Guest More than 1 year ago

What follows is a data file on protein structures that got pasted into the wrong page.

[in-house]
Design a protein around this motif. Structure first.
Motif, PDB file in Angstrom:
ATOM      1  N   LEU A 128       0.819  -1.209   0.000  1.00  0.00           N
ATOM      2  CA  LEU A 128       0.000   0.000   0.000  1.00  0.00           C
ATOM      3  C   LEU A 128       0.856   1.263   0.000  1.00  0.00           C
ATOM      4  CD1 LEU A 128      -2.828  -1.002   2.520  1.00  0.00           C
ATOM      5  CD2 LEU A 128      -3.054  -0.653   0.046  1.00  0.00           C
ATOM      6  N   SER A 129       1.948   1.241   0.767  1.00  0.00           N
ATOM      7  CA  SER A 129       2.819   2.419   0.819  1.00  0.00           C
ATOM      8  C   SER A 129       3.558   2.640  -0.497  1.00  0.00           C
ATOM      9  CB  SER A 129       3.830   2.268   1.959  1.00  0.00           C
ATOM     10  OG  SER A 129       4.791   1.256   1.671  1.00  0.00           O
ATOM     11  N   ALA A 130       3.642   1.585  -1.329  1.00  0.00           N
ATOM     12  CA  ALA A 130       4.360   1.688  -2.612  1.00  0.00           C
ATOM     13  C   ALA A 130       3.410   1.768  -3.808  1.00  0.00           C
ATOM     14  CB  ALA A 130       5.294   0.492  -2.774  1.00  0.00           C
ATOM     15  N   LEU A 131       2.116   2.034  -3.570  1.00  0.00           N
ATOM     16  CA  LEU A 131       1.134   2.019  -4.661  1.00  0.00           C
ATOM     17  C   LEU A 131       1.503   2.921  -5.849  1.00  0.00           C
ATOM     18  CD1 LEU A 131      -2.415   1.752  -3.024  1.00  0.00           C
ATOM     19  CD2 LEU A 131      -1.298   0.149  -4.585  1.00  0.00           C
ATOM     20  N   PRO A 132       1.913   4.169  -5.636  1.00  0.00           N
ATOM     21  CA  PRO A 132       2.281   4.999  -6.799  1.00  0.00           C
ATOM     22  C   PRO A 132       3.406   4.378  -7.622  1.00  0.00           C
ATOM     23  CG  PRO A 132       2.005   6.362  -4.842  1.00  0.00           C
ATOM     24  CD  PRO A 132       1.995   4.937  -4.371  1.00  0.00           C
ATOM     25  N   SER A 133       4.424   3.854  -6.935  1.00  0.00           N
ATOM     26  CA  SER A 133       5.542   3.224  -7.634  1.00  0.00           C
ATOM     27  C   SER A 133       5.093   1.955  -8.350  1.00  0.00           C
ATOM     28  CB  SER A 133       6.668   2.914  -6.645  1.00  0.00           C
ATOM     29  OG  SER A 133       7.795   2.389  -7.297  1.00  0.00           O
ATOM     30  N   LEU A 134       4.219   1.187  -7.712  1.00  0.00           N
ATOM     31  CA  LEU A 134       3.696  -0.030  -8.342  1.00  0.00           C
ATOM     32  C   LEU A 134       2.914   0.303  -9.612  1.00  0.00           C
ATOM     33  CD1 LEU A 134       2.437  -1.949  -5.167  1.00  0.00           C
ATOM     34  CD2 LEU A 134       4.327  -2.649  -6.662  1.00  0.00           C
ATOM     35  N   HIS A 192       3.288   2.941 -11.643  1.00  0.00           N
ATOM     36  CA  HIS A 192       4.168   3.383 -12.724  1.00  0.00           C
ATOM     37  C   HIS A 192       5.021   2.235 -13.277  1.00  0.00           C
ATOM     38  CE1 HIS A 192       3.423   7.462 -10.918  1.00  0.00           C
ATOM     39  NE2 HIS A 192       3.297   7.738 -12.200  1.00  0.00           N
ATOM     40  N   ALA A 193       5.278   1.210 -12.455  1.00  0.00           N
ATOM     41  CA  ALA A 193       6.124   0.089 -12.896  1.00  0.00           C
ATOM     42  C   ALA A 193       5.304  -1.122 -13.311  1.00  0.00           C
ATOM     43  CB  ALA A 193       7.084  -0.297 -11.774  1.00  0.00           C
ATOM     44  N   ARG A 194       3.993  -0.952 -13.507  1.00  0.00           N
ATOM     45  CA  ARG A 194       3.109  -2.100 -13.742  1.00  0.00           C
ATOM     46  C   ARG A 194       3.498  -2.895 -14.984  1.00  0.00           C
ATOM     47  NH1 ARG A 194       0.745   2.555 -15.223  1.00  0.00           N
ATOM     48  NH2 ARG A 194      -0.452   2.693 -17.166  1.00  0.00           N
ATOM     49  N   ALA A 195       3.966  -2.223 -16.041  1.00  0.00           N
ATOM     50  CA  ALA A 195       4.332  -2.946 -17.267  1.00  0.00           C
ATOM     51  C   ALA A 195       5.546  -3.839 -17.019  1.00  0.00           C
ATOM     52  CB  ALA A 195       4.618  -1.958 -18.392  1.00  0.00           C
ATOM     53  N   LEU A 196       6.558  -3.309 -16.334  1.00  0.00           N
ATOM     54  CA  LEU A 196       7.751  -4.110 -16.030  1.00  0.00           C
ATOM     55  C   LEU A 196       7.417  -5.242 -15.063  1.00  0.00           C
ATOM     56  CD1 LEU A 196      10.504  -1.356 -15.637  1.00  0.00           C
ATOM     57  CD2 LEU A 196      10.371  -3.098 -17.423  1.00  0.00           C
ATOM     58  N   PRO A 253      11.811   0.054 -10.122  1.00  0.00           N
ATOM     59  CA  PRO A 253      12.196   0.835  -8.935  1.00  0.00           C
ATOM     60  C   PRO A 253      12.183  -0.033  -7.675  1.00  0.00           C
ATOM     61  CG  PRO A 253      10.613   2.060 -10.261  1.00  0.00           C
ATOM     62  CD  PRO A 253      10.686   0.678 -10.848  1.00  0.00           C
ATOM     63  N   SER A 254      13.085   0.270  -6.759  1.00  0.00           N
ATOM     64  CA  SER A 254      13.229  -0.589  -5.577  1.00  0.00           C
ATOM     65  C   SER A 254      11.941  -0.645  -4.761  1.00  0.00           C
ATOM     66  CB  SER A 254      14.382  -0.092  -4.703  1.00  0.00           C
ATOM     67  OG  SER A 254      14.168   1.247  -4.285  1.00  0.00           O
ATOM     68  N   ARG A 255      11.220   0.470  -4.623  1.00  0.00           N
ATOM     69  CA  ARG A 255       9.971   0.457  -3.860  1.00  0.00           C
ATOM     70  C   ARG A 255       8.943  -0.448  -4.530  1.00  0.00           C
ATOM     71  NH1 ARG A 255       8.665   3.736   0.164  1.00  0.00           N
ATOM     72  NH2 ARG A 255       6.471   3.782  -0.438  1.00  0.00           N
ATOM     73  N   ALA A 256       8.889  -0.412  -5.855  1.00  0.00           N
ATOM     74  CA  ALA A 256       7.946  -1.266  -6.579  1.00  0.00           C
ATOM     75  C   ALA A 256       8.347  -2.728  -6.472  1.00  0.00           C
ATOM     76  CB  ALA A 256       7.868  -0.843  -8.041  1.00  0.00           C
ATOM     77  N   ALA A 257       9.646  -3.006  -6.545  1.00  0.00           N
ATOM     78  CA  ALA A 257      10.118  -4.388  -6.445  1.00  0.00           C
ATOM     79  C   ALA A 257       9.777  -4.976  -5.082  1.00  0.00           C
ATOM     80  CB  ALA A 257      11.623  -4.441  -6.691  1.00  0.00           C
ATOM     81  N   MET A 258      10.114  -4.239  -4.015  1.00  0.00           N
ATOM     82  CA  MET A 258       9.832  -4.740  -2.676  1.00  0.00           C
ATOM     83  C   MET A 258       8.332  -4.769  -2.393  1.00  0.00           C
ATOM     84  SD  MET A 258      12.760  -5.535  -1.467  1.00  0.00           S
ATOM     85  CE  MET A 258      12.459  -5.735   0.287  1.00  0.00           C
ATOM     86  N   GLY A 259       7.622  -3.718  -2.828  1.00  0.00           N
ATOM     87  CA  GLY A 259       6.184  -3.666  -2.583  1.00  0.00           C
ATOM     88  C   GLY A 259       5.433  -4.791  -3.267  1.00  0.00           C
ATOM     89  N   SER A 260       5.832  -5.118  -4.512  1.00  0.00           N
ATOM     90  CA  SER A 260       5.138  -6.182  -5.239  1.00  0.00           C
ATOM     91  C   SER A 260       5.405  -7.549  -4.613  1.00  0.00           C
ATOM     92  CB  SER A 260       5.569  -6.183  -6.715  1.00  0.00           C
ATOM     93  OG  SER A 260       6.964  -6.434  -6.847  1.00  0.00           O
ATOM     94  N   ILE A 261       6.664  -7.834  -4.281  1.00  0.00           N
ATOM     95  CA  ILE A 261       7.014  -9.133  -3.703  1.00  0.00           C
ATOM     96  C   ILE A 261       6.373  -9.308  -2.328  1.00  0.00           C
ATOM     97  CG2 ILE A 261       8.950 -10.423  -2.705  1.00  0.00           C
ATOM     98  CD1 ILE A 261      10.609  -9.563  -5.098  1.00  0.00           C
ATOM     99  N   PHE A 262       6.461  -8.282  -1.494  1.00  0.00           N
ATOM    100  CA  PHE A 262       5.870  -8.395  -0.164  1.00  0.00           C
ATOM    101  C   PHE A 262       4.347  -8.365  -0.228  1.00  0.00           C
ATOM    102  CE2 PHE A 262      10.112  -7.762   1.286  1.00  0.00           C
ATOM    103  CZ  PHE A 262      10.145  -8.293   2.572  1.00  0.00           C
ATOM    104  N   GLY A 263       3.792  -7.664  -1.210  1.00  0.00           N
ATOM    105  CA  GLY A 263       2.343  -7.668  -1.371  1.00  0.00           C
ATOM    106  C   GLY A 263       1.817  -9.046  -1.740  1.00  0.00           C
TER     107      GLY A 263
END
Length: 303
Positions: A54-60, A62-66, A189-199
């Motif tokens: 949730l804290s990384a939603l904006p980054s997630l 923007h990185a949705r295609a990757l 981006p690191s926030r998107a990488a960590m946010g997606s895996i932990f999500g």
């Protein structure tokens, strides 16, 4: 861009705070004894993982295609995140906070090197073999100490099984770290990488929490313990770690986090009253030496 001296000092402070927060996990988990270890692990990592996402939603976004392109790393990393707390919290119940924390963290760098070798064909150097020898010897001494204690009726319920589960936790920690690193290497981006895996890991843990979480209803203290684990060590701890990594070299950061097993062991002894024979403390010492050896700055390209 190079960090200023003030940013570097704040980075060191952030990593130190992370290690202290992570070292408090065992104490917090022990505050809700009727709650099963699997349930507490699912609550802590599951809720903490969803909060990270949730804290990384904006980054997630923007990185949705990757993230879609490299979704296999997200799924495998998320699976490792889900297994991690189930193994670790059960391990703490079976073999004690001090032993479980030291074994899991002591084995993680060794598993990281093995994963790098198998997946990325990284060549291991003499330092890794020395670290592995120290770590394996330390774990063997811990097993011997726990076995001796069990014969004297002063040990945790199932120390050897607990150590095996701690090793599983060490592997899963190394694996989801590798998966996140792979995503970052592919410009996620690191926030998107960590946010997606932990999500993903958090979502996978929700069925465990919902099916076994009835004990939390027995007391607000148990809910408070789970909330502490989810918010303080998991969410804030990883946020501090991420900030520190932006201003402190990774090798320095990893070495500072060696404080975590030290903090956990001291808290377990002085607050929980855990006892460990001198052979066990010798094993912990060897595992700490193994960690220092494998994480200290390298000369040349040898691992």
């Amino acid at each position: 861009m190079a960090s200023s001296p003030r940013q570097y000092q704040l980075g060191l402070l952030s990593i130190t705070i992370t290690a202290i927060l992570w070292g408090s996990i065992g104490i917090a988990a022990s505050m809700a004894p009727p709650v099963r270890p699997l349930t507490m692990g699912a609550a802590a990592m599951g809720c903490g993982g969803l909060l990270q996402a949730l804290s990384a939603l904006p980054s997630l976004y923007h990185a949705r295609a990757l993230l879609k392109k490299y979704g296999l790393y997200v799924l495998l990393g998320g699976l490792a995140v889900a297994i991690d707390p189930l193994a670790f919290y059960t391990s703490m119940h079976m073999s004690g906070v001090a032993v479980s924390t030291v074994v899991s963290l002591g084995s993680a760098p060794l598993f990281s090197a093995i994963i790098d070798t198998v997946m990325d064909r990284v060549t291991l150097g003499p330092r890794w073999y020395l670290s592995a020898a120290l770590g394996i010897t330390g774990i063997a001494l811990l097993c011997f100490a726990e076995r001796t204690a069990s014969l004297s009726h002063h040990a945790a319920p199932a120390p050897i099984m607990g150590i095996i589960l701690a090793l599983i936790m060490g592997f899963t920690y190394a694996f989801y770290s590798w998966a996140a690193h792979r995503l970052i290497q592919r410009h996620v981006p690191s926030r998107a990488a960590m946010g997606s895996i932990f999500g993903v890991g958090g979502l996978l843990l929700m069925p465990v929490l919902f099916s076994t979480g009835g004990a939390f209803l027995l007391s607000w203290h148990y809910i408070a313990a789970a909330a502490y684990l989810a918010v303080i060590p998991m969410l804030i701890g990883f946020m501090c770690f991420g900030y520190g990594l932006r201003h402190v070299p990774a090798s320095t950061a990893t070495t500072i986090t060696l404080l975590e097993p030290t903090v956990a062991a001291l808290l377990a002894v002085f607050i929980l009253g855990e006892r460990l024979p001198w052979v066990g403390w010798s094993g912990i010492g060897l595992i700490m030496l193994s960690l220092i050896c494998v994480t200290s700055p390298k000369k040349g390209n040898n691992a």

This book is easy to read, revolutionary in its interpretation of the evolution of human egalitarianism and altruism, and in addition a warning about our current state of liberal democracy -- though the author does not see the danger. The book traces out how the development of language and the use of tools and weapons, allowed our ancestors, the hunter-gatherers to overthrow the hierarchy we find in other primates. That is, males hate to be dominated, and if they can they will form coalitions and enforce egalitarianism. So for tens of thousands of years, virtually all human bands used weapons to kill upstarts who might try to dominate the group, and gossip maintained a keen eye on everyone's contribution to the group. Free-riders were suppressed, eliminated or expelled, and after time they were kept to a minimum genetically. In addition, altruism within the group was selected for through group evolutionary strategies. That is, with this new arrangement of group cohesion and forced adherence to the group's particular ethos or moral code, the groups who had higher levels of ethnocentrism, patriotism, or altruism towards members of the group -- including willing to die for the group when battled broke out between groups -- predicted that group evolutionary strategies selected for these very traits. That is, altruism was a product of between-group warfare and competition for resources. When humans began to form civilizations however, and with the accumulation of wealth in the form of food through the growing of crops and the domestication of animals, dominance once again took over. Through religion, actuarial practices, and coercive leadership, humans once again yielded to the authority of a central figure. So far so good. But Boehm believes that with our present Western democracies, that all is well again. This is surprising, because by the very mechanism he so elegantly elucidates in the book, by all reasonable measures, we are now in an ecological situation where racial strife, a return of free-riders, and an end to altruism will set in. By our very form of government there is no need to abide by rules as we know them, and the people who have the genes for selfishness or the free-riders will again multiply. That is, human behavior is never fixed but is always changing. Evolutionary stable states can only exist when the environment does not change -- but it has. From welfare to shirking military duty, the new free-rider will again out-produce the once altruistic motivated solid citizen. Free-riders can hide within modern democracies, and they are not bound by the old moral codes. We are surely entering a dysgenic trend in these traits, if not in intelligence itself. So I see little optimism that what was once a wonderful mechanism for human advancement against dominance will not now slide back towards more aggressive and a selfish human nature. Fortunately, with a better understanding of the human genome, and a renewed interest in neo-eugenics, we may be able to salvage our evolved egalitarian traits once again.